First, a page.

However, Dhaka started to recover from the second half of 19th century. Dhaka municipality was established in 1864 when the city expanded up to Gandaria as eastern fringe and up to Nawabganj towards the west. Also there was a significant advancement in roads, railways, infrastructure, community facilities and aesthetics of the city. Especially the riverfront with Buckland Embankment was a source of picturesque beauty to the nature lovers with adjacent magnificent buildings like Ahsan Monjil, Mitford hospital and Ruplal house.
Then the partition of Bengal and declaration of capital in 1905 was another epoch making event and indeed was a turning point in the history of political, socio-economic and cultural advancement of the city. Crossing the limit of “Old Dhaka” the development was approaching towards “New Dhaka”. A well-laid out new capital was envisaged and to make it aesthetically pleasant with ample greeneries “Ramna Park” was planned which was beautified with flowerbeds, rare trees and lakes. Later, well adjacent to the Ramna Green, Dhaka University was established in 1921 which was an important landmark for educational advancement. However the population of Dhaka, at the end of British period was 0.3 million within 64.7 km² area. (UNEP, 2005).
After partition of the subcontinent and Dhaka becoming the provinvial capital of East Pakistan in 1947, the planned action of development began and spread out in the new band of areas -- Azimpur, New Market, New Eskaton, Tejgaon, Purana Palton, Motijheel and Kamalapur. In 1960 Dhaka was decided to be the second capital of Pakistan. Then what is now called Sher-e-Bangla Nagar was established -- beautifully landscaped with lakes and green avenues, and its most characteristic feature the “Sangsad Bhaban”, a magnificent symbol of modern architecture.
After the liberation war in 1971, Dhaka achieved tremendous growth to meet the needs of the newly independent country's capital. The city's population suddenly rose to 2 million in 1974 and within a decade it lept to 3 million in an extended area covering 510 km² by 1981. Then Dhaka city faced its highest rate of physical and population growth during 1981-1991 when its population just doubled and the area expanded from 510 km² to 1353 km². (Hossain,2008). With this current trend of growth, Dhaka today is bulging with a population estimated conservatively to be well over 14 million. By the year 2015, it is projected to jump over 19.5 million when it will be the 5th largest city of the world.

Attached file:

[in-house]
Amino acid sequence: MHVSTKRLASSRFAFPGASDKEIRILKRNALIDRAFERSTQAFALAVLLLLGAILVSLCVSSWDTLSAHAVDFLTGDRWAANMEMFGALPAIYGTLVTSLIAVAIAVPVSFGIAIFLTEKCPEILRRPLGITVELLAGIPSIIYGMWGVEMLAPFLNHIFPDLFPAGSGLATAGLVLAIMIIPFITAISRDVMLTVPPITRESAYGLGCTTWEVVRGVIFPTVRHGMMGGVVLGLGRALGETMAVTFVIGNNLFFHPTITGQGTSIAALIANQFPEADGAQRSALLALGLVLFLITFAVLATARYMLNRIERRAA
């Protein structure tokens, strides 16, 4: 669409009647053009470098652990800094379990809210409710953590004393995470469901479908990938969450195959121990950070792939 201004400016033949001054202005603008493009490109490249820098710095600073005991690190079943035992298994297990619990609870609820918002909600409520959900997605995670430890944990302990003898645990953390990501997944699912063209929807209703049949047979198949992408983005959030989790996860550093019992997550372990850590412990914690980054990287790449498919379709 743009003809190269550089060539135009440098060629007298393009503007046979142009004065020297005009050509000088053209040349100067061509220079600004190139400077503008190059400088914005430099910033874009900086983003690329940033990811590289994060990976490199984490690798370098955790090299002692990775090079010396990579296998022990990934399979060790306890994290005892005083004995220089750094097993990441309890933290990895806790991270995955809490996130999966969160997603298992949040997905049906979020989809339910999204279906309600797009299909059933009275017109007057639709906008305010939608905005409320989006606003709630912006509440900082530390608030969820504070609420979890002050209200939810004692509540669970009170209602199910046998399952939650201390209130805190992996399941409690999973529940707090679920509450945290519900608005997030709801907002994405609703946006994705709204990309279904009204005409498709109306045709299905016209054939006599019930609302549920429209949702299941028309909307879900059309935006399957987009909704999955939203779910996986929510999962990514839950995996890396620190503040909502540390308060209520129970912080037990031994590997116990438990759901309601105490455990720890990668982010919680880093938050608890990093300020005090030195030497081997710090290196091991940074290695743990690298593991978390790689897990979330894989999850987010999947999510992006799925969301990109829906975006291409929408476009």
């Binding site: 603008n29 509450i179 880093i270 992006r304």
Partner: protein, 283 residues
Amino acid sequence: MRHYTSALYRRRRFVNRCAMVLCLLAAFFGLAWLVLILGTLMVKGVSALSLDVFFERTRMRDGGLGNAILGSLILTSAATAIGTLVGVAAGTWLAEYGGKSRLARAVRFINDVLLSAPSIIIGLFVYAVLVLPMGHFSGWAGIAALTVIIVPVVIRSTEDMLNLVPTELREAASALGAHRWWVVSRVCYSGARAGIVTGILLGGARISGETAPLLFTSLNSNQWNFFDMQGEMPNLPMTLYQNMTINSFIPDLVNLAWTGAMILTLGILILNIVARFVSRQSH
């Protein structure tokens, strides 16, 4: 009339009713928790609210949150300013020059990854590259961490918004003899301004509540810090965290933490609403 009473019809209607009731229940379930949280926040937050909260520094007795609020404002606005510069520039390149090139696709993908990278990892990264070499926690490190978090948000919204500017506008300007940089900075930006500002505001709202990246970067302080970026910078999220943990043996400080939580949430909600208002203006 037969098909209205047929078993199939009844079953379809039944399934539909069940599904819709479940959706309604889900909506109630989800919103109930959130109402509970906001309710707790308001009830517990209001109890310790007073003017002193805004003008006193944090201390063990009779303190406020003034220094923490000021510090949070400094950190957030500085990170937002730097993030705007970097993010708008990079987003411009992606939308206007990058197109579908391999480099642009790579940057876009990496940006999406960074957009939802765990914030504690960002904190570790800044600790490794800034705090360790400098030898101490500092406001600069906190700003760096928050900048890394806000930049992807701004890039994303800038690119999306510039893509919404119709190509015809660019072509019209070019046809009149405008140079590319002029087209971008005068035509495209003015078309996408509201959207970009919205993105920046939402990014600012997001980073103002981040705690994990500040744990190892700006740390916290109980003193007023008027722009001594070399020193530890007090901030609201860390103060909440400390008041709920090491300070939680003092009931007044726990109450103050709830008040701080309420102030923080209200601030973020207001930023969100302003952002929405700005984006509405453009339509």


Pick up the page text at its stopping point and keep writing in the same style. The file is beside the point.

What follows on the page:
Keeping pace with the magnitude of growth, the urbanization began encroaching on the low lying areas within the city limits and even the adjacent areas of its outskirts. But this great leap forward in the number of people is not matched by the simultaneous creation of infrastructure due to resource constraints and management limitations. Consequently this unprecedented growth has mutated into a symbol of chaos and confusion.
There is unexpected sprawling of slums and squatters. Life here is jeopardized due to tremendous traffic congestion, housing scarcity and extreme water-logging problem. Life here appears to be very much stressed in all respects. Once an important urban agglomeration, Dhaka has already booked its spot as the second worst place to live in. We must not stare in dismay at Nimtali tragedy or the tragedy like building collapsing in a new area, because such a catastrophe is very much possible in a city like Dhaka.
The once aesthetic sources of pleasure such as its surrounding rivers where the boats pleasantly sailed are too polluted compared to the sparkling clean waters of the same in the past. Many parks and ample greeneries which were centres of urban relief and source of fresh air have now been converted into brick and concrete jungle. The vanishing heritage sites and dilapidated settlements only remind us that this problematic Dhaka once attained a prestigious position being one of the premier cities of the Mughal empire.
We have just celebrated the 400th anniversary of capital Dhaka but we cannot ignore its present crises contrary to its glorious past. The time is therefore here and now for serious thought to be given to Dhaka's future. In this circumstance, DAP (Detailed Area Plan) can be an effective tool for development control and making Dhaka livable. We all should come forward for its proper implementation to ensure a better future for Dhaka.
Md. Mashrur Rahman Mishu studies urban and regional planning at BUET, Dhaka. E-mail: firstname.lastname@example.org